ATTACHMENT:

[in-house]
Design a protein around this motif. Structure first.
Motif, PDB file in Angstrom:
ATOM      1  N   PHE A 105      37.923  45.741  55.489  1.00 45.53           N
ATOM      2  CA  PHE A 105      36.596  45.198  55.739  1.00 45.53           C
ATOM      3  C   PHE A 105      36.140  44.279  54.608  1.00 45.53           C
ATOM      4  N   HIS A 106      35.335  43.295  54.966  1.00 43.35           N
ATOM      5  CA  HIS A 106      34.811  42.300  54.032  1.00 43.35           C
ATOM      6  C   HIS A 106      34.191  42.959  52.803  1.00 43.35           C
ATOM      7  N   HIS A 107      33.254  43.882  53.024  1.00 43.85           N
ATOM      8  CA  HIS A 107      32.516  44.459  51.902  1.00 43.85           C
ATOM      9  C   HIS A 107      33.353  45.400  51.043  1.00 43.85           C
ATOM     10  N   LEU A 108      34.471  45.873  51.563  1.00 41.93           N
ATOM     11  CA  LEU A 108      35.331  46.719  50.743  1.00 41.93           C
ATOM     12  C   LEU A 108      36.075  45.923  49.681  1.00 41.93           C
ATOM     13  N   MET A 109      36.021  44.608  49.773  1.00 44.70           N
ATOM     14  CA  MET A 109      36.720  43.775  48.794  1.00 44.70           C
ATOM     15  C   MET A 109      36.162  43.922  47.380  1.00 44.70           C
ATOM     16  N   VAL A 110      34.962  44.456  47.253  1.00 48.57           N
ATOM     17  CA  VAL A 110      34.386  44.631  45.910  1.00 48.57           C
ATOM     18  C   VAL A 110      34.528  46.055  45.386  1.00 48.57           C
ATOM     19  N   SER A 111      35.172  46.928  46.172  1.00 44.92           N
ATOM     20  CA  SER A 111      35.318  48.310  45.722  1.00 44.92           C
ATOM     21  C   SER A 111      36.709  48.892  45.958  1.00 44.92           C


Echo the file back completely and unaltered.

[in-house]
Design a protein around this motif. Structure first.
Motif, PDB file in Angstrom:
ATOM      1  N   PHE A 105      37.923  45.741  55.489  1.00 45.53           N
ATOM      2  CA  PHE A 105      36.596  45.198  55.739  1.00 45.53           C
ATOM      3  C   PHE A 105      36.140  44.279  54.608  1.00 45.53           C
ATOM      4  N   HIS A 106      35.335  43.295  54.966  1.00 43.35           N
ATOM      5  CA  HIS A 106      34.811  42.300  54.032  1.00 43.35           C
ATOM      6  C   HIS A 106      34.191  42.959  52.803  1.00 43.35           C
ATOM      7  N   HIS A 107      33.254  43.882  53.024  1.00 43.85           N
ATOM      8  CA  HIS A 107      32.516  44.459  51.902  1.00 43.85           C
ATOM      9  C   HIS A 107      33.353  45.400  51.043  1.00 43.85           C
ATOM     10  N   LEU A 108      34.471  45.873  51.563  1.00 41.93           N
ATOM     11  CA  LEU A 108      35.331  46.719  50.743  1.00 41.93           C
ATOM     12  C   LEU A 108      36.075  45.923  49.681  1.00 41.93           C
ATOM     13  N   MET A 109      36.021  44.608  49.773  1.00 44.70           N
ATOM     14  CA  MET A 109      36.720  43.775  48.794  1.00 44.70           C
ATOM     15  C   MET A 109      36.162  43.922  47.380  1.00 44.70           C
ATOM     16  N   VAL A 110      34.962  44.456  47.253  1.00 48.57           N
ATOM     17  CA  VAL A 110      34.386  44.631  45.910  1.00 48.57           C
ATOM     18  C   VAL A 110      34.528  46.055  45.386  1.00 48.57           C
ATOM     19  N   SER A 111      35.172  46.928  46.172  1.00 44.92           N
ATOM     20  CA  SER A 111      35.318  48.310  45.722  1.00 44.92           C
ATOM     21  C   SER A 111      36.709  48.892  45.958  1.00 44.92           C